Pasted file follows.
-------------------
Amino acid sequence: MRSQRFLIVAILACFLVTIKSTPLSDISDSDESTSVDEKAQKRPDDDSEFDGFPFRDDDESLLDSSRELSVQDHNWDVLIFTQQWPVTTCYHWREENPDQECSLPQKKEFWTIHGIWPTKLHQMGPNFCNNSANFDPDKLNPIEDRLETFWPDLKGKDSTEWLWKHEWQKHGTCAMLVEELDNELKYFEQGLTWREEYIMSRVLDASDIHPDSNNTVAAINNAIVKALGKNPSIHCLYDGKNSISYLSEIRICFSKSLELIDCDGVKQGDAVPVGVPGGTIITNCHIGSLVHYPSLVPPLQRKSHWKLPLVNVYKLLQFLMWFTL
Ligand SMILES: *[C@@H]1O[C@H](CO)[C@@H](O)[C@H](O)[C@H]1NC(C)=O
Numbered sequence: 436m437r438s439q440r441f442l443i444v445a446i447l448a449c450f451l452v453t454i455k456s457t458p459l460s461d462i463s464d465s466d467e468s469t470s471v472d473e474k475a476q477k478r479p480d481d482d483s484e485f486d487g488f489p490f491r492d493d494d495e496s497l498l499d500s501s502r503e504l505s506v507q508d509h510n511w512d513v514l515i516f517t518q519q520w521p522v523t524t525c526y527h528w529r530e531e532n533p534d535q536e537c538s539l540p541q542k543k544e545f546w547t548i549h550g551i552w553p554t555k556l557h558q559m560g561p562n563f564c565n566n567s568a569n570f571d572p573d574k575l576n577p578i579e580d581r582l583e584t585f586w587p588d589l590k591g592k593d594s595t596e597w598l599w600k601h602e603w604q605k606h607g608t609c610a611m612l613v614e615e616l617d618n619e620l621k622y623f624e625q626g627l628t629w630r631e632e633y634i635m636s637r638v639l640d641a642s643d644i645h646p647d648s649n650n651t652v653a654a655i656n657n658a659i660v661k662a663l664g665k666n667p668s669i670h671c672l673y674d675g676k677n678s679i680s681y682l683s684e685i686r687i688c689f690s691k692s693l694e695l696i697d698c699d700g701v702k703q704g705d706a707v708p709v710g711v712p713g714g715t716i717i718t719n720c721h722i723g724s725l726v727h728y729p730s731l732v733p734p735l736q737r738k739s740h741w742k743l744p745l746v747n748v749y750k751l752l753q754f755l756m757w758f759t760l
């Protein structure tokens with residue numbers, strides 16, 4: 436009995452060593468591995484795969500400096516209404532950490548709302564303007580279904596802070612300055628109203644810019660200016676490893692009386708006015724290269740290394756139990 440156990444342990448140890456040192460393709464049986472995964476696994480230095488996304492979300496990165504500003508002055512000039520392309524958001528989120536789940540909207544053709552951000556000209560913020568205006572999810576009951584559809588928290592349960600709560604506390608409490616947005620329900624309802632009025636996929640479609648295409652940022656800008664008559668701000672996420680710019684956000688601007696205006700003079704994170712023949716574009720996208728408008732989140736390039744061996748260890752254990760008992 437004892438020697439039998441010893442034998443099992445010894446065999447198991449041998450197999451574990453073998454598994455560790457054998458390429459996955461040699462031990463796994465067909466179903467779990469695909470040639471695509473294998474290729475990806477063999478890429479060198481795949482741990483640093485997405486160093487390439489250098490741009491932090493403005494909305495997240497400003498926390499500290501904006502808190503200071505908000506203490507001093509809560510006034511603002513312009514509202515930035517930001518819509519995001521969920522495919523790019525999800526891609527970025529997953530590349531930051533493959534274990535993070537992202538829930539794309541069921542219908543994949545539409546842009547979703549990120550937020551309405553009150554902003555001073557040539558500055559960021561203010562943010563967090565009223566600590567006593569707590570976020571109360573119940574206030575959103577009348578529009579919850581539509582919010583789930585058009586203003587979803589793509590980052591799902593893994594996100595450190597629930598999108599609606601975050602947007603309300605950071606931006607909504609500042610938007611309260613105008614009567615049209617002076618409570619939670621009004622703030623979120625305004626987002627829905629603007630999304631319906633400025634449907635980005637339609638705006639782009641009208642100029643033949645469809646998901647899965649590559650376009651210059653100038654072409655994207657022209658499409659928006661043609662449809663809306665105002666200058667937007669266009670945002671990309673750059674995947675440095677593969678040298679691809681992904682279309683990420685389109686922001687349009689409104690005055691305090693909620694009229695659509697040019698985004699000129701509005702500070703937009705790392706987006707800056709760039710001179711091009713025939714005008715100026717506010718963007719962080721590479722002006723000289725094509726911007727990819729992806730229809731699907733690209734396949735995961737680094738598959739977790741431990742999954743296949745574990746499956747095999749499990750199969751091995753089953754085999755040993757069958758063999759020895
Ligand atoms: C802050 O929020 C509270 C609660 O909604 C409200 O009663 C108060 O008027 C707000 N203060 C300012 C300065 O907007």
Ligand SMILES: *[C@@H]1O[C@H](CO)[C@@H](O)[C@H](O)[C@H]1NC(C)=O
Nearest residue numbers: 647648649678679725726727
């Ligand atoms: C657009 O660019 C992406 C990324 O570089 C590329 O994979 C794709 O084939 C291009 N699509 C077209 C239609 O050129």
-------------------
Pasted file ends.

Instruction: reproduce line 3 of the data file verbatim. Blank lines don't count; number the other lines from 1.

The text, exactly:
Numbered sequence: 436m437r438s439q440r441f442l443i444v445a446i447l448a449c450f451l452v453t454i455k456s457t458p459l460s461d462i463s464d465s466d467e468s469t470s471v472d473e474k475a476q477k478r479p480d481d482d483s484e485f486d487g488f489p490f491r492d493d494d495e496s497l498l499d500s501s502r503e504l505s506v507q508d509h510n511w512d513v514l515i516f517t518q519q520w521p522v523t524t525c526y527h528w529r530e531e532n533p534d535q536e537c538s539l540p541q542k543k544e545f546w547t548i549h550g551i552w553p554t555k556l557h558q559m560g561p562n563f564c565n566n567s568a569n570f571d572p573d574k575l576n577p578i579e580d581r582l583e584t585f586w587p588d589l590k591g592k593d594s595t596e597w598l599w600k601h602e603w604q605k606h607g608t609c610a611m612l613v614e615e616l617d618n619e620l621k622y623f624e625q626g627l628t629w630r631e632e633y634i635m636s637r638v639l640d641a642s643d644i645h646p647d648s649n650n651t652v653a654a655i656n657n658a659i660v661k662a663l664g665k666n667p668s669i670h671c672l673y674d675g676k677n678s679i680s681y682l683s684e685i686r687i688c689f690s691k692s693l694e695l696i697d698c699d700g701v702k703q704g705d706a707v708p709v710g711v712p713g714g715t716i717i718t719n720c721h722i723g724s725l726v727h728y729p730s731l732v733p734p735l736q737r738k739s740h741w742k743l744p745l746v747n748v749y750k751l752l753q754f755l756m757w758f759t760l